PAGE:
"The fundamental problem with mobile payments in this country, compared to other parts of the world, is that users have so many options already to pay for things," said Jack Gold, an analyst at J. Gold Associates. "If I have five credit cards in my wallet, do I need to have one or more in my phone as well? And do I trust the issuer of the mobile credit card enough to use that service? And if I use my phone to pay, is that really all that much easier than pulling a card out of my wallet?"

Gold said there will be some "gadget freaks" who will use smartphones with mobile payment apps "just because it's cool." In order for mobile payments to go mainstream, he said the apps and steps required have to be "really easy to use," and the service has to be trusted and sufficiently unique that a consumer cannot get in other ways.

Because of these obstacles, mobile payments will take several more years to develop in North America, Gold predicted.

Gold's sentiment is shared by other analysts, who note that consumer awareness of mobile apps and payment services is still very low.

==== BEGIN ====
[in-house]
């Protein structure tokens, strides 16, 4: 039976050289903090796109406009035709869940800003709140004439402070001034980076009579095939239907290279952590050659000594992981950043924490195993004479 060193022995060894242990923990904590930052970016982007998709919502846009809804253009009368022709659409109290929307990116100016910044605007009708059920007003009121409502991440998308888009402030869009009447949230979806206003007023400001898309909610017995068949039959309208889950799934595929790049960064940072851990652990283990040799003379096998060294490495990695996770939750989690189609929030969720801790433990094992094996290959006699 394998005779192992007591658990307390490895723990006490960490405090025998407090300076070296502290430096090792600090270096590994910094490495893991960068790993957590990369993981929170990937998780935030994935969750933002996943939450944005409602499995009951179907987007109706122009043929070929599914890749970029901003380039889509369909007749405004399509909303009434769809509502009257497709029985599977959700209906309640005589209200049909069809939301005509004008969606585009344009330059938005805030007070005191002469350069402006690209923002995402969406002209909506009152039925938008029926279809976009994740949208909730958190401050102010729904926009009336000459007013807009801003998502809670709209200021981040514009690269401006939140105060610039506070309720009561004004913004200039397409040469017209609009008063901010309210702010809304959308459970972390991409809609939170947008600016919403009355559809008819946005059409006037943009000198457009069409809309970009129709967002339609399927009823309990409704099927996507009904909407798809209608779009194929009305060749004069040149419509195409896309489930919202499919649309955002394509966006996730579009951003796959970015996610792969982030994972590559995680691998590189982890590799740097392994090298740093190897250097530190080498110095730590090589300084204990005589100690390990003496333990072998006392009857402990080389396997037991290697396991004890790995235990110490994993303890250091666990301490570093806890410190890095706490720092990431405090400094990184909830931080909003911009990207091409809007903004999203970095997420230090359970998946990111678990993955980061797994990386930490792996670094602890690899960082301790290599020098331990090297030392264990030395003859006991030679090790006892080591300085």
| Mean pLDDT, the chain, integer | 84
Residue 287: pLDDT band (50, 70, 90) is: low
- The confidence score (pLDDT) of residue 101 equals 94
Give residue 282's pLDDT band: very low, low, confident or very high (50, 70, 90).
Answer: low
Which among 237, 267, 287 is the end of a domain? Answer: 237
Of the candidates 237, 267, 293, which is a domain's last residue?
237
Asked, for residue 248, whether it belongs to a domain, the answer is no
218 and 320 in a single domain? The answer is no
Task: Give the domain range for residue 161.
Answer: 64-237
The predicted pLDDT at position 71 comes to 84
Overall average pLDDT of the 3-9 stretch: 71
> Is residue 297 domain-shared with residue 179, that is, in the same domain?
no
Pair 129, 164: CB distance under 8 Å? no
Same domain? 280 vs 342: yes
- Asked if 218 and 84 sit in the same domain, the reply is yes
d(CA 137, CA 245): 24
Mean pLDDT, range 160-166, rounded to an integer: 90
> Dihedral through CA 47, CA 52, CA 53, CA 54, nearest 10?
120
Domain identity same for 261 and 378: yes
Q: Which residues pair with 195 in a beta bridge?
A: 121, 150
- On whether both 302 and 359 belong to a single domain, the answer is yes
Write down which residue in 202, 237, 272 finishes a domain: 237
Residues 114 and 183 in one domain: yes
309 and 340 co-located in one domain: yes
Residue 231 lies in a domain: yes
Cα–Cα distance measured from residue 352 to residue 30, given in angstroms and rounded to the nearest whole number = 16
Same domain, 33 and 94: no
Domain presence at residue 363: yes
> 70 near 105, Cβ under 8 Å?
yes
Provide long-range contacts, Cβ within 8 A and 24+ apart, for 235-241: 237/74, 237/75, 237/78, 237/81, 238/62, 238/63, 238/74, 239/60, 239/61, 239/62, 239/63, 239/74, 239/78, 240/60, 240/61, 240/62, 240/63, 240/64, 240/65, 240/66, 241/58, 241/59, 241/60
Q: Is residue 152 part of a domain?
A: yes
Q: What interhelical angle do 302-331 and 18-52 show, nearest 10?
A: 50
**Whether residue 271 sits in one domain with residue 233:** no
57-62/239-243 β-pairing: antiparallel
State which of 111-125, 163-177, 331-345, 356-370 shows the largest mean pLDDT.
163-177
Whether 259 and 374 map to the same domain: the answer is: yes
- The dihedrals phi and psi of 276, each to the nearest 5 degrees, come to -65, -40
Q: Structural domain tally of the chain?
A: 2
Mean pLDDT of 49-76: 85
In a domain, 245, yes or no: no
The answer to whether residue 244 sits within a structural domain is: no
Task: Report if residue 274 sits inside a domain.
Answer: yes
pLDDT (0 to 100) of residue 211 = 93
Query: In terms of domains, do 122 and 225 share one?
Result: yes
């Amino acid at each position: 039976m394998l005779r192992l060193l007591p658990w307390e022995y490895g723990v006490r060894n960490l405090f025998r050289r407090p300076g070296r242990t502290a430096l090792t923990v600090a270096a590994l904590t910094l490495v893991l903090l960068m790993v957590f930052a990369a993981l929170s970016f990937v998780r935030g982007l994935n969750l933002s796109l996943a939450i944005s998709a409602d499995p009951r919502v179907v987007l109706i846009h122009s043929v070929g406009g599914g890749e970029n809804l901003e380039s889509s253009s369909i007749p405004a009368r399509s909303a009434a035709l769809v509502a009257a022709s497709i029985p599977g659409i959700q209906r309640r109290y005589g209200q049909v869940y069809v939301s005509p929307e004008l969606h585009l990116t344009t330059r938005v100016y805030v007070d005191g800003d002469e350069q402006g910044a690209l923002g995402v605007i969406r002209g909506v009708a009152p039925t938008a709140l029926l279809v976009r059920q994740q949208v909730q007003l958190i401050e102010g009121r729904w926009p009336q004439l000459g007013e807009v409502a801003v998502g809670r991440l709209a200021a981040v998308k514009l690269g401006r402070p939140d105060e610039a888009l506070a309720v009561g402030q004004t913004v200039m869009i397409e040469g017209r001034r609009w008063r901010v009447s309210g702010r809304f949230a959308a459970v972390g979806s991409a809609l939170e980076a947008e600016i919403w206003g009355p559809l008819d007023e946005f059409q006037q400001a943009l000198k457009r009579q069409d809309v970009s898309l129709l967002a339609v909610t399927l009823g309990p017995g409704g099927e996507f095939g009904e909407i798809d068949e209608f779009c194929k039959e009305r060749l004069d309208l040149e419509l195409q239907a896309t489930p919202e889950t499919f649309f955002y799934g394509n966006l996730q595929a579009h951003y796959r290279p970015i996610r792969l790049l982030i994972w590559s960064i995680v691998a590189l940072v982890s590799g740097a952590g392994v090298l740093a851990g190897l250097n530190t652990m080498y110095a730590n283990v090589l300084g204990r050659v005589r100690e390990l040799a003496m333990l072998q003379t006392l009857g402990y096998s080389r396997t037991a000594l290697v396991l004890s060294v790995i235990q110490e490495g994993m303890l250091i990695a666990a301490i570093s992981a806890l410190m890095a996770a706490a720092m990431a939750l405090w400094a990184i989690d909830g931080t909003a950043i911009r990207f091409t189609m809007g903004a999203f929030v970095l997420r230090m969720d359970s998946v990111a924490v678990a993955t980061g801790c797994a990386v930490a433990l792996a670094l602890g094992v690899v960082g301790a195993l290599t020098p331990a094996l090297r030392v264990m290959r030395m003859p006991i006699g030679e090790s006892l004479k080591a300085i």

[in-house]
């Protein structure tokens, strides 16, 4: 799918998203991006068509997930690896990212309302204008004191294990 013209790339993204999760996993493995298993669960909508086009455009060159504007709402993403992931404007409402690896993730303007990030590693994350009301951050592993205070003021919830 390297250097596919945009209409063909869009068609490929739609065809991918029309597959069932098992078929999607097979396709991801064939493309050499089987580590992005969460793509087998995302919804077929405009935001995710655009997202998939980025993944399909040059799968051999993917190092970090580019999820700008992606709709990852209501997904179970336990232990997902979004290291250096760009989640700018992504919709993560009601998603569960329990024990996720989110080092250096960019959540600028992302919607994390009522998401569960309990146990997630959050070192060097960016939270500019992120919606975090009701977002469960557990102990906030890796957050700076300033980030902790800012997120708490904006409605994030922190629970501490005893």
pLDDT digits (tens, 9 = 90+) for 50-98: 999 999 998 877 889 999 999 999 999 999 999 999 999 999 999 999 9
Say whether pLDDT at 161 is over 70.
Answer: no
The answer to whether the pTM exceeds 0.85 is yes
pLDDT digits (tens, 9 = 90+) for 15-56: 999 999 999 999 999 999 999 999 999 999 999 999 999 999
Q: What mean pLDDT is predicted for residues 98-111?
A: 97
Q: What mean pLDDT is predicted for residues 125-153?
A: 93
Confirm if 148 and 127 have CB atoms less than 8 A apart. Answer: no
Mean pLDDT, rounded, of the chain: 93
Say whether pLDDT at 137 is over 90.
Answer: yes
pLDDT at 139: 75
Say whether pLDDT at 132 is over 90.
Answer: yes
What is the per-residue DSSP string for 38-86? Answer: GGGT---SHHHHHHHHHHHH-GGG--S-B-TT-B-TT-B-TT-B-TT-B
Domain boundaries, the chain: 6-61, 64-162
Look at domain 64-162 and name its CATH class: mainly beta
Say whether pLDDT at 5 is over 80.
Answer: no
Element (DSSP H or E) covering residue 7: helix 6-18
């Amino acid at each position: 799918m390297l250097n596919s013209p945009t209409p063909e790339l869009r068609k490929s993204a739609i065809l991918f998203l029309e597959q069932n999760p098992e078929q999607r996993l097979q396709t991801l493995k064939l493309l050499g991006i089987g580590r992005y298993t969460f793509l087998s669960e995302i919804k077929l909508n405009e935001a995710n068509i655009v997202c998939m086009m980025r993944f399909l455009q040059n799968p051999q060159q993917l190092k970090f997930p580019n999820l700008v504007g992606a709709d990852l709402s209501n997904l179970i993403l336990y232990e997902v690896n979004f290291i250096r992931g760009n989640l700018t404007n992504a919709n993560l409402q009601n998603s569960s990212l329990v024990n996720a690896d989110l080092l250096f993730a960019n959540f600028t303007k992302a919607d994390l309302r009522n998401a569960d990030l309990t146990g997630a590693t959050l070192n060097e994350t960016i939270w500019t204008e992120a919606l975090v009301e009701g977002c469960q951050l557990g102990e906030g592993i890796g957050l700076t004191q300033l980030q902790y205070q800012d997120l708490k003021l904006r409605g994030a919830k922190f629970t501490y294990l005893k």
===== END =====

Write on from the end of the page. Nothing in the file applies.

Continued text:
Some major U.S retailers are more interested than consumers in mobile payments technology and apps, in part to potentially lower the fees that they pay to the banks and credit card companies. Home Depot adopted the PayPal in-store payment system partly to lower transactions costs, noting "abusive" interchange fees charged by banks and credit card companies. Such fees paid by merchants to banks can be as high as 12% per transaction.

Because credit card companies and the banks they represent are concerned about losing customers in coming years to other creditors, such as the merchants or wireless carriers, all the major credit card companies are revving up support for mobile wallet technologies, analysts said.

Avivah Litan, an analyst at Gartner, recently said that various mobile payment systems won't hurt credit card companies and banks for five years, but could make a significant impact in a decade.

Dunkin' Donuts mobile app

At Dunkin' Donuts, the enthusiasm is nonetheless high for a new mobile app for buying coffee and other items. The Dunkin' App, announced Aug. 16, uses money stored on a Dunkin' Donuts card that is connected to a customer's smartphone, which runs the Dunkin' App downloaded from the Google Play store or Apple's App Store. Users authorize the payment via the phone, then scan the smartphone screen over an optical laser reader at checkout.